Advances in Human-Computer Interaction

Advances in Human-Computer Interaction / 2012 / Article

Research Article | Open Access

Volume 2012 |Article ID 790304 |

Mary Fendley, S. Narayanan, "Decision Aiding to Overcome Biases in Object Identification", Advances in Human-Computer Interaction, vol. 2012, Article ID 790304, 7 pages, 2012.

Decision Aiding to Overcome Biases in Object Identification

Academic Editor: Kerstin S. Eklundh
Received01 Nov 2011
Revised10 Feb 2012
Accepted17 Feb 2012
Published07 May 2012


Human decision makers typically use heuristics under time-pressured situations. These heuristics can potentially degrade task performance through the impact of their associated biases. Using object identification in image analysis as the context, this paper identifies cognitive biases that play a role in decision making. We propose a decision support system to help overcome these biases in this context. Results show that the decision support system improved human decision making in object identification, including metrics such as time taken to identify targets in an image set, accuracy of target identification, accuracy of target classification, and quantity of false positive identification.

1. Introduction

As the growth of sensor technology outpaces the analyst’s ability to process captured images, object identification within the military image analysis task has become an increasingly time-critical human problem-solving task [1]. Intuitively, in this information-rich domain, the pressure associated with time-critical decision making can lead human operators to deploy a variety of techniques to alleviate the time pressure. When this time pressure persists, the decision maker often changes their cognitive processing methods, leading to the use of cognitive heuristics and their resulting biases.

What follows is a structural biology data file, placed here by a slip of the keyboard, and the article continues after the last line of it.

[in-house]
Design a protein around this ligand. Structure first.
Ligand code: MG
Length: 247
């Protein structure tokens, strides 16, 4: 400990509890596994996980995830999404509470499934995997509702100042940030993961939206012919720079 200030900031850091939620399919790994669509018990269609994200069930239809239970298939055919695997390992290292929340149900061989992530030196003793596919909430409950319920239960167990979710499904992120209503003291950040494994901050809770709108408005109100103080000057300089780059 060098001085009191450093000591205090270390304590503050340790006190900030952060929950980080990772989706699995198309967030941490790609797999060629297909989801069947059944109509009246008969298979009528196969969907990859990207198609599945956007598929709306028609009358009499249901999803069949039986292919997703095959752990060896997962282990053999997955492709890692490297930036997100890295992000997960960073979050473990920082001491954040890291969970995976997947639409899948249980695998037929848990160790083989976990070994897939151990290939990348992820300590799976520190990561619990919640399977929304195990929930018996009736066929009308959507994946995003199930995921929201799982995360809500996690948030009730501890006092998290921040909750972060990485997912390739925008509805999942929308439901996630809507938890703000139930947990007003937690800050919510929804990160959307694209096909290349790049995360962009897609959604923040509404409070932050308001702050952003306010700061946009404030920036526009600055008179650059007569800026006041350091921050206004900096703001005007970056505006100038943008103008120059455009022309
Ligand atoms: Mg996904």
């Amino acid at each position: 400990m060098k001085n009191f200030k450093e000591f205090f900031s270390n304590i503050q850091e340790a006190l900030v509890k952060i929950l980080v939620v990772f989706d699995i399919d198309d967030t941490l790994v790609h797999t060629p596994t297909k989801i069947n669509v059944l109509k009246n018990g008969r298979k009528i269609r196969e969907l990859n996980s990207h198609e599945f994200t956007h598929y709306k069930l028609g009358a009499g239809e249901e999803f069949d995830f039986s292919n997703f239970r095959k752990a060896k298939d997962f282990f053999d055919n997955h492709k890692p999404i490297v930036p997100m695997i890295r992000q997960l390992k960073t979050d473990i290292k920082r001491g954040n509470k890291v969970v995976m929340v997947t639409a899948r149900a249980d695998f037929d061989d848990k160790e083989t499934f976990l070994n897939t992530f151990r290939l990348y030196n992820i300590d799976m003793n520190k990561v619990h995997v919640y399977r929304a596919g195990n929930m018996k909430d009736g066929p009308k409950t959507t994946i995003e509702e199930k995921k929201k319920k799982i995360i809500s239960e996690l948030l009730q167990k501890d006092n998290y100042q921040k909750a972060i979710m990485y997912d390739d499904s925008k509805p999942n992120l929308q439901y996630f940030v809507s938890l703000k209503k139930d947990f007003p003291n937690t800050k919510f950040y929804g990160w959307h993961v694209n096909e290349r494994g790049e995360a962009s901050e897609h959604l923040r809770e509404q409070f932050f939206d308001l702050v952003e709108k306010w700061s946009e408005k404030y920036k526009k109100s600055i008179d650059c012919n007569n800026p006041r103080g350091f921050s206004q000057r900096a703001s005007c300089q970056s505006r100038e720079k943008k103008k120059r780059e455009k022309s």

Cognitive heuristics are rules-of-thumb employed during decision making that can lead to biases that degrade the quality of decisions. Huey and Wickens [2] identify how heuristics and biases impact decision making through the distortion of hypothesis formulation and situation awareness. They also conclude that this distortion, which can degrade decision making, can occur during information processing.